She’s the One—The group Those Indian Guys presents the Off-Broadway show D’Arranged Marriage, about an aspiring New Zealand Indian stand-up comic who spends his life working at his father’s corner shop and avoiding the issue of an arranged marriage. When his family finally gets the better of him, he is surprised to find that the prospective bride is the one. The one-man show is written, produced and performed by Rajeev Varma, and has sold out in New Zealand, Australia, Singapore and Malaysia. The Triad NYC, 158 W. 72nd St., 2nd Fl., 212-352-3101; 7 p.m., $20 to $30 plus two drink minimum.
Saturday, April 17
Graceful—Miro Magloire’s Chamber Ballet performs ballets by Magloire and Emery LeCrone. LeCrone’s ballet, “Chamber Dances,” is set to “Road Movies” for piano and violin, by American composer John Adams. The second piece is a solo performed by Emily SoRelle Adams to “Anthemes” for violin, by Pierre Boulez. The performance will also include “Allegretto, Innocente,” set to two piano sonatas by Joseph Haydn and Magloire’s “Monologue,” set to music by American Composer Morton Feldman. City Center Studio 4, 130 W. 56th St., 212-868-4444; 8 p.m., $12 to $22.
Twain’s New York—To mark the centenary of Mark Twain’s death, as well as the great humorist’s decades-long relationship with New York City, Upper West Sider Peter Salwen, a writer and Twain expert, hosts walking tour “Mark Twain’s New York.” The two-and-a-half hour excursion includes many of Twain’s anecdotes and epigrams. It starts in Soho and ends at the site of the author’s last New York City home, at Fifth Avenue and East 9th Street. Also April 18. Meet at the southwest corner of Broadway and Spring Street, 917-620-5371; 1 p.m., $15.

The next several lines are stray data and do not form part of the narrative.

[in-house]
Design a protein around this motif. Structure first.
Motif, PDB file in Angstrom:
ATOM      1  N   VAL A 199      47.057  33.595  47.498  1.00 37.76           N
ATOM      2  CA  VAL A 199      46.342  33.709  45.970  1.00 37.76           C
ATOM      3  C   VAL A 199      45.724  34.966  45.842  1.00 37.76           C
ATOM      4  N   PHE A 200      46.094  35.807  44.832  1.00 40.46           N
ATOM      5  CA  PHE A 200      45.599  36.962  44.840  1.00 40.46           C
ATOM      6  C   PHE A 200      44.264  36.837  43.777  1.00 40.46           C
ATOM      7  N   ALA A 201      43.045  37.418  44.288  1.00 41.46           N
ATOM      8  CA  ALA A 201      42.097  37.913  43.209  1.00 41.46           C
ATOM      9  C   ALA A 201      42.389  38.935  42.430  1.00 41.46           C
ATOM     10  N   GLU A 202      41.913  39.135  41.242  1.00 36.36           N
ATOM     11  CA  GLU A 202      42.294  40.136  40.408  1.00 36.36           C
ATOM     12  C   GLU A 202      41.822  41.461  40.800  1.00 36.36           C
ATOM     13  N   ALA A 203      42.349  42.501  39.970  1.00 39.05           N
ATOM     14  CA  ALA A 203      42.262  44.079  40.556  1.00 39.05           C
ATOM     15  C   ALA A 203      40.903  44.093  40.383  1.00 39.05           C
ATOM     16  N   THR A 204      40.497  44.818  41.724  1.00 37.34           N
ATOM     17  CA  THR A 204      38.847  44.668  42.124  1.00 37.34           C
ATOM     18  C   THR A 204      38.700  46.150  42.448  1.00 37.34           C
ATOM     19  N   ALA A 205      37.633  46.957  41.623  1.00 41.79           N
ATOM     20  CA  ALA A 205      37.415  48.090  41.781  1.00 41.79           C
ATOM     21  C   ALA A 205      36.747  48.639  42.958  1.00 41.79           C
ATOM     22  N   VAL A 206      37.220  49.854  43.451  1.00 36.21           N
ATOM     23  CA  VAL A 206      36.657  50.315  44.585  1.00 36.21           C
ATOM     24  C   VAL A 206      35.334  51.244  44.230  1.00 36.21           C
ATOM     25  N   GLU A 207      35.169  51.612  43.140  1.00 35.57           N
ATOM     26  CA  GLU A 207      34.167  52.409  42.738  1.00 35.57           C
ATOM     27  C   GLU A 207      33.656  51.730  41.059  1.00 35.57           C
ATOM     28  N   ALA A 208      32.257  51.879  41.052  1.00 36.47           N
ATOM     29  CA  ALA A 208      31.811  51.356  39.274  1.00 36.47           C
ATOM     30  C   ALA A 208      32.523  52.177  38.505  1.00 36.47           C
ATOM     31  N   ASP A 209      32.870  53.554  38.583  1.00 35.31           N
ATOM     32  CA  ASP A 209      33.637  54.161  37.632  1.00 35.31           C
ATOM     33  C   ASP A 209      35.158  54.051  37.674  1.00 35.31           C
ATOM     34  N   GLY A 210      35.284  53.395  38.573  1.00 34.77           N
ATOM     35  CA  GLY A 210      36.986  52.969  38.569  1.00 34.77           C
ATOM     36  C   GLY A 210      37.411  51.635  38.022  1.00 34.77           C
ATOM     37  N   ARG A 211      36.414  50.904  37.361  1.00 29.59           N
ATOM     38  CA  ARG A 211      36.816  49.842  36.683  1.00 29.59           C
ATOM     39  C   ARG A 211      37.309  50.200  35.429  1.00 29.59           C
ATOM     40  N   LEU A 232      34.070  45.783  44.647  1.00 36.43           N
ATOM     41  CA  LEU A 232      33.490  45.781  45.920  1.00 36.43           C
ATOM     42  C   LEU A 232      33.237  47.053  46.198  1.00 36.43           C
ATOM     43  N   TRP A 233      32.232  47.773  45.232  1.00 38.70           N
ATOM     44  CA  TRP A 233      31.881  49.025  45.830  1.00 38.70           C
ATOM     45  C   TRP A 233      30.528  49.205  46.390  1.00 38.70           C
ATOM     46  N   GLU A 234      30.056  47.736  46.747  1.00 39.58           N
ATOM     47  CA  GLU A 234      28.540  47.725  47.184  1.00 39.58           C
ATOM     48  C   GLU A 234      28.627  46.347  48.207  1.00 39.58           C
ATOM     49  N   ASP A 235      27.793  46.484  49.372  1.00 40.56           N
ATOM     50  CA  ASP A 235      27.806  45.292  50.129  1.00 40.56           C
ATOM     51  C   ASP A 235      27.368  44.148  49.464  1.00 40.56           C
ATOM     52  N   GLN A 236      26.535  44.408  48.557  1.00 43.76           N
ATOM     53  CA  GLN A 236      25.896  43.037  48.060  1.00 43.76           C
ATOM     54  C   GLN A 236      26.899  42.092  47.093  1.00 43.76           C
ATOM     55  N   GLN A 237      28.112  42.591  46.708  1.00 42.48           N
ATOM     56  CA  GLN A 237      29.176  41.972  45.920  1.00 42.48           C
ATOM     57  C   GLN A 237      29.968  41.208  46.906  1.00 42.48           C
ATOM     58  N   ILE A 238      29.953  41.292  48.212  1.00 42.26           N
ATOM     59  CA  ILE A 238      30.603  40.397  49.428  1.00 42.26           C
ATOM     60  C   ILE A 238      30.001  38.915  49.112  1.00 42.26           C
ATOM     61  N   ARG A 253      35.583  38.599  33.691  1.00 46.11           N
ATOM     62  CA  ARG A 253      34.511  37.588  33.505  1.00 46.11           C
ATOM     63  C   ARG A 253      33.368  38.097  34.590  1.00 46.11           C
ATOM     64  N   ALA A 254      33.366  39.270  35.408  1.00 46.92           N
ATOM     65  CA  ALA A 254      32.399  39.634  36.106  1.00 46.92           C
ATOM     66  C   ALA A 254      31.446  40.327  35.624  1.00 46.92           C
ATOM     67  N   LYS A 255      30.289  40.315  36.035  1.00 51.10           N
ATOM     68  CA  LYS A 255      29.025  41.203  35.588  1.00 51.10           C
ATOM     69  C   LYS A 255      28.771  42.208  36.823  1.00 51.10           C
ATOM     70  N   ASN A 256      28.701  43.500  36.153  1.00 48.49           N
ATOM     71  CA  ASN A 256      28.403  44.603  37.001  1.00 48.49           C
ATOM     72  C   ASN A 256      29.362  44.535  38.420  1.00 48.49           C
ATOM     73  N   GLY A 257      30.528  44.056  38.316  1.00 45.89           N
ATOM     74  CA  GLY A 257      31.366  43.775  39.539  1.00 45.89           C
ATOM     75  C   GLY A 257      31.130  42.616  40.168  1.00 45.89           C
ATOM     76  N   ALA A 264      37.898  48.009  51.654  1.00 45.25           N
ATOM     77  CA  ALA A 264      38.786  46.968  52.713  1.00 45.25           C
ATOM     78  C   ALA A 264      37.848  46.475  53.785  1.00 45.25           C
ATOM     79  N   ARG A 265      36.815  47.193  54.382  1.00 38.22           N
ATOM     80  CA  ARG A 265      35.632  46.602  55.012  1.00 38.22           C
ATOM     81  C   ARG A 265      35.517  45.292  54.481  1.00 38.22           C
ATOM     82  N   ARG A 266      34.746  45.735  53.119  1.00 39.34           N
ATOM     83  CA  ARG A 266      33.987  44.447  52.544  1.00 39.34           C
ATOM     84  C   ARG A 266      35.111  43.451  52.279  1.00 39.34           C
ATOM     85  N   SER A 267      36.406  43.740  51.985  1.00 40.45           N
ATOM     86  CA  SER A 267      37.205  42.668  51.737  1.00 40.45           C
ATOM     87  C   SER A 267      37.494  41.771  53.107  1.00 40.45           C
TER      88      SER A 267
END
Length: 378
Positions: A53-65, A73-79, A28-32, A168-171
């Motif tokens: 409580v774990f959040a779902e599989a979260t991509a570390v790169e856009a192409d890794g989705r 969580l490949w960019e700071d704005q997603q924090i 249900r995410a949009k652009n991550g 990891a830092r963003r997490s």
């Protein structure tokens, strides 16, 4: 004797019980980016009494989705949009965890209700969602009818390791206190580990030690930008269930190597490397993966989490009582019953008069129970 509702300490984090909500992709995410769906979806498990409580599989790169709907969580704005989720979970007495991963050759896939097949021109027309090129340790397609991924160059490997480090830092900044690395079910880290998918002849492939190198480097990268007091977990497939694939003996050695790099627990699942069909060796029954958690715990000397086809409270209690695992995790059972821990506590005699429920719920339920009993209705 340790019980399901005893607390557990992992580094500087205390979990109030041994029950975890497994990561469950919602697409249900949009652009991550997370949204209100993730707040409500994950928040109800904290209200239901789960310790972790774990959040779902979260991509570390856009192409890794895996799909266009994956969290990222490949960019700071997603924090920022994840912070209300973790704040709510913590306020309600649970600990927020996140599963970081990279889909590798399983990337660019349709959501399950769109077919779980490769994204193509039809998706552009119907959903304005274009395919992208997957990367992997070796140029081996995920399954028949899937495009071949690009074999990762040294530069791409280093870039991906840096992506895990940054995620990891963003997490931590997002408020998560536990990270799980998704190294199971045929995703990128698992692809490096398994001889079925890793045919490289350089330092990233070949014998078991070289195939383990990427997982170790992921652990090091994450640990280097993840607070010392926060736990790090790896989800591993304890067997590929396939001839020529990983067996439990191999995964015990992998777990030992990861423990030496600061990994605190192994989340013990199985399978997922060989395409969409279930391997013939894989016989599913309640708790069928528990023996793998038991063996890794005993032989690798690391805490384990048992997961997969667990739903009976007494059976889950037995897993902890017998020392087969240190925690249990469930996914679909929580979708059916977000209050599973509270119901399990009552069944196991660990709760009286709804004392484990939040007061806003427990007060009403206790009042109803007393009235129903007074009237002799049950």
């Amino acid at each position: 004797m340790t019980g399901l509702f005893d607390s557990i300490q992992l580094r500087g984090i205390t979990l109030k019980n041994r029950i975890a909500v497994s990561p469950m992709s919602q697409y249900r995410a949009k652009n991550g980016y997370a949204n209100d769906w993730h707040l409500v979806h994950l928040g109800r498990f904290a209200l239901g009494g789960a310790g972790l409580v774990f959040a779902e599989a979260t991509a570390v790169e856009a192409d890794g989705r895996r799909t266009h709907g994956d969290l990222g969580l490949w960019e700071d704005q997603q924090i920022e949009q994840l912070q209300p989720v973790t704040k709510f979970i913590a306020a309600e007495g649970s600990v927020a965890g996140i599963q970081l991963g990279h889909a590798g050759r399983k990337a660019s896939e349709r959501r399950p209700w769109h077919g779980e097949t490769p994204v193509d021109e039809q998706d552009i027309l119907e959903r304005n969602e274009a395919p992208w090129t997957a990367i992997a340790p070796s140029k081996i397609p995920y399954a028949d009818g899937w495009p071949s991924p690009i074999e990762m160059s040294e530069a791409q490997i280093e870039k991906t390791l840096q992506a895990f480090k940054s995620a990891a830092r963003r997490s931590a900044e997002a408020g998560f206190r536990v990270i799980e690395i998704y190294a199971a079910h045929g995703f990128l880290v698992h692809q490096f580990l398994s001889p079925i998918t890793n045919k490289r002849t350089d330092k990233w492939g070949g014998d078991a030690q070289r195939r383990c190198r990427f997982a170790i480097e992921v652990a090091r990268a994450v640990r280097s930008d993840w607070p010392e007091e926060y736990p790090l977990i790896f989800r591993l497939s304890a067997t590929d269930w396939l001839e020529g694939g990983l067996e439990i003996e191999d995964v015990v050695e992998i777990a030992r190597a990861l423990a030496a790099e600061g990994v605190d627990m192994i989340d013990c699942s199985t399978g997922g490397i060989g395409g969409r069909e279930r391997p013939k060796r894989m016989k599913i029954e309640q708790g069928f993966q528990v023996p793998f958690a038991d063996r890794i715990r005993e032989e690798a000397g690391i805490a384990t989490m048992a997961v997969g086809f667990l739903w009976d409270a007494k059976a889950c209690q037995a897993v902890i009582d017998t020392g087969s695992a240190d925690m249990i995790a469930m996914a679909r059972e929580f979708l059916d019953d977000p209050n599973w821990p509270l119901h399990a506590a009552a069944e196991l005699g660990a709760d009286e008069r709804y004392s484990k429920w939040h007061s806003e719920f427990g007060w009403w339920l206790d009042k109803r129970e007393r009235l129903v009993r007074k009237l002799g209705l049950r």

Hungarian Playwright—The American Hungarian Library and Historical Society, along with The New York Hungarian Theatre and Art Association, present a staged reading of My Bed Is Not for Sleeping, a satirical comedy in two acts. Gerty Agoston, the playwright and novelist, has roots in Budapest and Wien and won awards for her monologue drama, My Killer, My Kid. She has published 13 novels in four languages. A buffet reception follows the performance. The American Hungarian Library in the Hungarian House, 212 E. 92nd St., 646-228-0050; 5 p.m., $15